A horn used to deter birds from nesting on a nearby cell tower was causing sleep deprivation and noise pollution for area residents for about six months. The horn blast, which lasted for about five seconds, could be heard around 6:30 a.m. each morning and intermittently throughout the early evening, according to ClickOrlando.com.
According to resident Sean Mallon, the sound caused major disruption.
“[It’s like] a foghorn. You have to literally stop talking when that horn goes off. You can’t hear.”
The horn — referred to as a “sonic net” — was being used to deter ospreys from building nests on a nearby cell tower, according to Crown Castle, which owns and operates the cell equipment. Under federal law, nests of certain migratory birds like ospreys cannot be removed if they contain eggs or chicks, reported ClickOrlando.com.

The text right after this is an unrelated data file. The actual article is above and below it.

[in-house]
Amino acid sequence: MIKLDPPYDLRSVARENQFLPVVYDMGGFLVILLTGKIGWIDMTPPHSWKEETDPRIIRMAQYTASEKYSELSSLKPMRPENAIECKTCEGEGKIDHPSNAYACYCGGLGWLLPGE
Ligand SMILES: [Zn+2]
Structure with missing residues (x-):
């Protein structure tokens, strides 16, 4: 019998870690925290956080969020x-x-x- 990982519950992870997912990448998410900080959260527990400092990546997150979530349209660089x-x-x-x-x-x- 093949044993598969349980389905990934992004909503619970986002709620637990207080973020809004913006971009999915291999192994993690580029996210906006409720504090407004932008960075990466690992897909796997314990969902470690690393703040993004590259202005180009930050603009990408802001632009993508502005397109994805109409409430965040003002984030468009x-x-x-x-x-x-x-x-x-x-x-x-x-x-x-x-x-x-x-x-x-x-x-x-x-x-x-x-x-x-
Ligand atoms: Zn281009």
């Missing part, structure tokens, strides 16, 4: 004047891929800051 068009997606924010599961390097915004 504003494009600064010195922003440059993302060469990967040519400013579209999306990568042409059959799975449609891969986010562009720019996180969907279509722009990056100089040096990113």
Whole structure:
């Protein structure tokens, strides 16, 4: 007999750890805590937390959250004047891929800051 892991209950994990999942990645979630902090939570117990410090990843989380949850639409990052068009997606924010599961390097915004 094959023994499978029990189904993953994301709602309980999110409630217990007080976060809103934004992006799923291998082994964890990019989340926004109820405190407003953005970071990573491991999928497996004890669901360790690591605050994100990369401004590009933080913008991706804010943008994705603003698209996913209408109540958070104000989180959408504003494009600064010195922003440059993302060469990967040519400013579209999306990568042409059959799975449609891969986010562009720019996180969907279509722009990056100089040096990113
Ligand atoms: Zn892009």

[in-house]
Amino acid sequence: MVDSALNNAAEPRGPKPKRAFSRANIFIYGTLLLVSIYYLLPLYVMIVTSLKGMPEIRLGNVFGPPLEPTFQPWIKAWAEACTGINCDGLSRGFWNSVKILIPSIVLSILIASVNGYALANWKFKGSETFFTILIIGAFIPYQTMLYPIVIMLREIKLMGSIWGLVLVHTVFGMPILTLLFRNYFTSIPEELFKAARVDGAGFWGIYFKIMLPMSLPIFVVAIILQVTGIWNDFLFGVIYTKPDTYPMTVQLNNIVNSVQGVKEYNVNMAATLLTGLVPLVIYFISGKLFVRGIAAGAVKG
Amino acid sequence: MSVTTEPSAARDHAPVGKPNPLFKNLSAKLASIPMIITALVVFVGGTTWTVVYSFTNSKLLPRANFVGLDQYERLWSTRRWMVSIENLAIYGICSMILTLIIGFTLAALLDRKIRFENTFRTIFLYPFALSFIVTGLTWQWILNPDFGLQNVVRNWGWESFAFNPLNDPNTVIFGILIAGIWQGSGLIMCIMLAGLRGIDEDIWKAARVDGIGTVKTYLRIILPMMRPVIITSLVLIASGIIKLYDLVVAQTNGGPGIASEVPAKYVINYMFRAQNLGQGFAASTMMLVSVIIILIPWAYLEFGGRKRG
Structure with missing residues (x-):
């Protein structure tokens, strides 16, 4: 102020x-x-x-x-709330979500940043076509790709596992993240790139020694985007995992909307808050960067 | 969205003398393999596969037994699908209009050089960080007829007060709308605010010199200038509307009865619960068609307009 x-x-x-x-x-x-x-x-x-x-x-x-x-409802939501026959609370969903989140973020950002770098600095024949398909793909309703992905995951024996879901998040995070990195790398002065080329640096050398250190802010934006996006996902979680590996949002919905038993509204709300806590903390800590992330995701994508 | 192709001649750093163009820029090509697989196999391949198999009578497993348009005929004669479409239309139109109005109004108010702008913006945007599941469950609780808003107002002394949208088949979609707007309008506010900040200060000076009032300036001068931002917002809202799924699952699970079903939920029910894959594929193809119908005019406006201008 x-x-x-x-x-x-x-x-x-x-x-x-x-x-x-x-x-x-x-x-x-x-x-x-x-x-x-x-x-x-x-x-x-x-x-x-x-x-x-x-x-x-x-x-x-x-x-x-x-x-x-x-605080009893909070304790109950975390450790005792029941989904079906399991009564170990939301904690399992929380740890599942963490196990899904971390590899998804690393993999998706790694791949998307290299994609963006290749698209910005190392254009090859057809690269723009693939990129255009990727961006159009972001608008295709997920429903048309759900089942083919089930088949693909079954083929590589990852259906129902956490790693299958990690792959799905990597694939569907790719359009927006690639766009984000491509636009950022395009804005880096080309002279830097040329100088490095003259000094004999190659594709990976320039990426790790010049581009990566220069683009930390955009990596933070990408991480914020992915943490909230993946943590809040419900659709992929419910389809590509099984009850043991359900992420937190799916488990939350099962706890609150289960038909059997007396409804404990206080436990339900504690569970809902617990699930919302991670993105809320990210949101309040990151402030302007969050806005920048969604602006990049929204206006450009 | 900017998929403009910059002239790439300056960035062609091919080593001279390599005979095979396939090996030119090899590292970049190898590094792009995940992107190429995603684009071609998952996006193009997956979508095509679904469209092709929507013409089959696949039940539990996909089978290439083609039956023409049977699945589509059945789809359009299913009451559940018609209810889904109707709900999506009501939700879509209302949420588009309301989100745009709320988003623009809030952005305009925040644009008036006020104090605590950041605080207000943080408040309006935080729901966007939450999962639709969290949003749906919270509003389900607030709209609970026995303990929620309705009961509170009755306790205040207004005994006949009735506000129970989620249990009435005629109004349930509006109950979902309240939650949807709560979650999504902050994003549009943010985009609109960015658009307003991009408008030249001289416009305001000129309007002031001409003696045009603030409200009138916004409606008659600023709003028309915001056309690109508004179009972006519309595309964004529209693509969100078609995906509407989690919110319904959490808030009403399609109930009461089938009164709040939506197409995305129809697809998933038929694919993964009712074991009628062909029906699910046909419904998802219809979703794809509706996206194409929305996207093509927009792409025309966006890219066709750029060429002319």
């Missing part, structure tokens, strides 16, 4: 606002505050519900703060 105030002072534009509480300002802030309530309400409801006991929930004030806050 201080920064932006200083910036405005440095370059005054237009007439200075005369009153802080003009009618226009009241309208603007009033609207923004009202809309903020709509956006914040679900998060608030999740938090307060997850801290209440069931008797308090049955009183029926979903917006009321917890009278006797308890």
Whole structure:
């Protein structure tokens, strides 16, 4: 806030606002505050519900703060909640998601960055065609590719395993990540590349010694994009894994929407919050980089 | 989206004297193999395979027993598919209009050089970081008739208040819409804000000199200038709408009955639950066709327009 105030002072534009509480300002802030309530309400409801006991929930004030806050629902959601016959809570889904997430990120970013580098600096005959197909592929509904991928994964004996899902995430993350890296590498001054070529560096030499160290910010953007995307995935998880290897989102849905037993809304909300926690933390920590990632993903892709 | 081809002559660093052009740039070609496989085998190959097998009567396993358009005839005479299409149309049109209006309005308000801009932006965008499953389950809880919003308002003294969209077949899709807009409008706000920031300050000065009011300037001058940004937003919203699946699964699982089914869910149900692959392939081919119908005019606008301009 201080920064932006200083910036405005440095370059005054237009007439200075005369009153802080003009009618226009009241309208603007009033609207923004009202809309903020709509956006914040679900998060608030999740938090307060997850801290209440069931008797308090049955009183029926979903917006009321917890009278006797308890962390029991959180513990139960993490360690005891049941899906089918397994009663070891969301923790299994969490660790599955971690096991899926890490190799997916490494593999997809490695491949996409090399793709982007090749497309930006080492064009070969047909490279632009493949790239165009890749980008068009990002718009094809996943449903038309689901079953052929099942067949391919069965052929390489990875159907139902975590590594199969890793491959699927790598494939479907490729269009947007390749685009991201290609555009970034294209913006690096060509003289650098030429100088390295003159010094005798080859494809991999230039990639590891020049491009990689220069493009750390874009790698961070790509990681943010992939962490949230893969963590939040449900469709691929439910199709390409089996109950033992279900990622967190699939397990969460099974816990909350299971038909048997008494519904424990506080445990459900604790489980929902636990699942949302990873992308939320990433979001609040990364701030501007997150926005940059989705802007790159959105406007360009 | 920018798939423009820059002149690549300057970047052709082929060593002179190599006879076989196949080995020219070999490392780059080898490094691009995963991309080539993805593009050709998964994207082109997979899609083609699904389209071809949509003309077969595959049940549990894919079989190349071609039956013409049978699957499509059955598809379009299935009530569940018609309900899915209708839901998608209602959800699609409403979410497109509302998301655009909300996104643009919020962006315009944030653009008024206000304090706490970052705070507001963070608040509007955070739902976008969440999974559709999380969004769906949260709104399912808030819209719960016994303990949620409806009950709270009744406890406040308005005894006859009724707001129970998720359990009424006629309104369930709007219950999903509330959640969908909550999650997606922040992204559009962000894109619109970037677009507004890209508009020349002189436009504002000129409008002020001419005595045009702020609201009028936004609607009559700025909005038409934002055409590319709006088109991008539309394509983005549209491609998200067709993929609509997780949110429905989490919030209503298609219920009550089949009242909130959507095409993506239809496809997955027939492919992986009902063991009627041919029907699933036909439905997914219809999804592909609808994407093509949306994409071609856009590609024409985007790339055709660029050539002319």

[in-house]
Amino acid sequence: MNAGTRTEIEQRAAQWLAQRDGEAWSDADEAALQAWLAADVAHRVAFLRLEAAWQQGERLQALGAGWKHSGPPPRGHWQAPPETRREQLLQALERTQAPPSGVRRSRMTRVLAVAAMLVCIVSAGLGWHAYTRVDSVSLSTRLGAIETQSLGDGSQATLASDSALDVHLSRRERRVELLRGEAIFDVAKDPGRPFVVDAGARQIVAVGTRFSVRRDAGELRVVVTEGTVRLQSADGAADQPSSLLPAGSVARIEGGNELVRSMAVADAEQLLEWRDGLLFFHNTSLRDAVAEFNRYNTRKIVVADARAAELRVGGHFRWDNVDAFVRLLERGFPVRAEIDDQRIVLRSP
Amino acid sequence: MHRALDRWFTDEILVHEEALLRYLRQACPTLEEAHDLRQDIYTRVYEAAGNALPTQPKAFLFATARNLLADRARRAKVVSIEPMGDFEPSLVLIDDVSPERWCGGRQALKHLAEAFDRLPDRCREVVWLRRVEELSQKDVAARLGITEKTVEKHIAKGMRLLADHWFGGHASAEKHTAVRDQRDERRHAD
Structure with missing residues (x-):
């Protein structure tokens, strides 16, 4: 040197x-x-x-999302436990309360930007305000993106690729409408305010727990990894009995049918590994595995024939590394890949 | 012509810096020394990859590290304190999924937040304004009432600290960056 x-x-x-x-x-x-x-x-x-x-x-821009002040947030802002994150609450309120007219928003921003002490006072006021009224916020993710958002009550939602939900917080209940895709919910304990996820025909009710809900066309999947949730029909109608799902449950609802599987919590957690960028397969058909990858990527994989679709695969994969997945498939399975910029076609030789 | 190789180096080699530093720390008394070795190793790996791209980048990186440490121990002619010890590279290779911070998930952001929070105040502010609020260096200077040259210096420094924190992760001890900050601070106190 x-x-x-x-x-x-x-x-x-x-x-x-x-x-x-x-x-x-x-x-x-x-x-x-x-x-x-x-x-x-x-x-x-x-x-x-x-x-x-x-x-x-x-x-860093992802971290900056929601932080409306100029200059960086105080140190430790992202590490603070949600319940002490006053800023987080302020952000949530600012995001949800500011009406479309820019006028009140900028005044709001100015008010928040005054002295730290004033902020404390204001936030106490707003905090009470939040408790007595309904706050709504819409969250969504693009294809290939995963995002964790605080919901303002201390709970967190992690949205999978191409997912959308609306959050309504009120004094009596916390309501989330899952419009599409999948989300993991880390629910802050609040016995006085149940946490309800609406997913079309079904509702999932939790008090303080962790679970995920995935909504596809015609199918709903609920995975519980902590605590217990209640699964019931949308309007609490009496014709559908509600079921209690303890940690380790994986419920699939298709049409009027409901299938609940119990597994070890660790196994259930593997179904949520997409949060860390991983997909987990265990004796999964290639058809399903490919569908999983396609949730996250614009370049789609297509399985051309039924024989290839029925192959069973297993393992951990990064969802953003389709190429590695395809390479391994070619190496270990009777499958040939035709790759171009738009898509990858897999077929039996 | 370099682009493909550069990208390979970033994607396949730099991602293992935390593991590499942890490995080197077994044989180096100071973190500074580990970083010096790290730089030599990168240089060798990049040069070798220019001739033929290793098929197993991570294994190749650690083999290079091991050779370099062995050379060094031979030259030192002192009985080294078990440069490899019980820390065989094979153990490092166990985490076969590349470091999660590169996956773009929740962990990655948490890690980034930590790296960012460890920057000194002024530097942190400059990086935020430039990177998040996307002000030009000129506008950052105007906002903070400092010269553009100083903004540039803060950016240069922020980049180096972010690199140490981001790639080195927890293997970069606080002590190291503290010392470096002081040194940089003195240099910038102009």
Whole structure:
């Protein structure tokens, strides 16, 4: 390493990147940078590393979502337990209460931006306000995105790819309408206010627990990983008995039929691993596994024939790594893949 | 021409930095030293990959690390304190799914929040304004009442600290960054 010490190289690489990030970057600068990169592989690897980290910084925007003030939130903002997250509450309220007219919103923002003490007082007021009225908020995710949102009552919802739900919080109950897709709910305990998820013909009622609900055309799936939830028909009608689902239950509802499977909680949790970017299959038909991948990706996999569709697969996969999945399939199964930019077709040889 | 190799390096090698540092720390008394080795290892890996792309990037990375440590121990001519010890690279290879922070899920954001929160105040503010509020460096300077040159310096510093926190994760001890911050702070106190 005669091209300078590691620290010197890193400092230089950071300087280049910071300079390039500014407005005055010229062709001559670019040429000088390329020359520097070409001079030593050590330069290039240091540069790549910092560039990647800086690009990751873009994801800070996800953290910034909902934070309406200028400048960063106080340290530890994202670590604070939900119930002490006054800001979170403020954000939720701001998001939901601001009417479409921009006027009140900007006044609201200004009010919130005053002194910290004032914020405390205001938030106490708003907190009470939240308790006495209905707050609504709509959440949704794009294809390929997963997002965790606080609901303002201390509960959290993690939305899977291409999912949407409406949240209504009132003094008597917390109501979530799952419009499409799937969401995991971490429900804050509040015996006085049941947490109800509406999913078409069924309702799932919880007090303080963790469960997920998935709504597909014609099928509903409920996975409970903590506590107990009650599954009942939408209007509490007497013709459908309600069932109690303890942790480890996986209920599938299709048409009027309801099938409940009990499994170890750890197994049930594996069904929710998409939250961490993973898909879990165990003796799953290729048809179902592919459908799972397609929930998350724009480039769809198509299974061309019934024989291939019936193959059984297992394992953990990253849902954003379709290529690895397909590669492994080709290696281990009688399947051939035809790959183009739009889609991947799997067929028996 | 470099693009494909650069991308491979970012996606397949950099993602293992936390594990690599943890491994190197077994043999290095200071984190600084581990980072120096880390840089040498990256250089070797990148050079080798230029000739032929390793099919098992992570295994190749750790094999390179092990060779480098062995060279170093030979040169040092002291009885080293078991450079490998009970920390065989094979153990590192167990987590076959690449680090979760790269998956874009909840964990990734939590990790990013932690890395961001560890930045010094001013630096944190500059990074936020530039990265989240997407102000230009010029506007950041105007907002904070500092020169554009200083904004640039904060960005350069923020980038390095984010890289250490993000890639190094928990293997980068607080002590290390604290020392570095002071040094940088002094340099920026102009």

Although residents complained about the racket, according to a city of Orlando spokesperson, the horn didn’t violate the city’s noise ordinance. “The offending noise would need to be above the city’s noise threshold for over two and a half minutes,” said the city of Orlando public information officer Karyn Barber. She said the siren didn’t sustain the noise for that long.
Since the tower is scheduled to be demolished in March, Crown Castle decided to deactivate the horn, hoping birds will avoid nesting in the tower prior to demolition.
“We don’t have any plans to turn it back on, but we are monitoring it every day,” said Public Affairs Director Andrea Bradford.
According to resident Faye Hobbs, “The horn is out. The neighborhood is quiet. I can sleep.”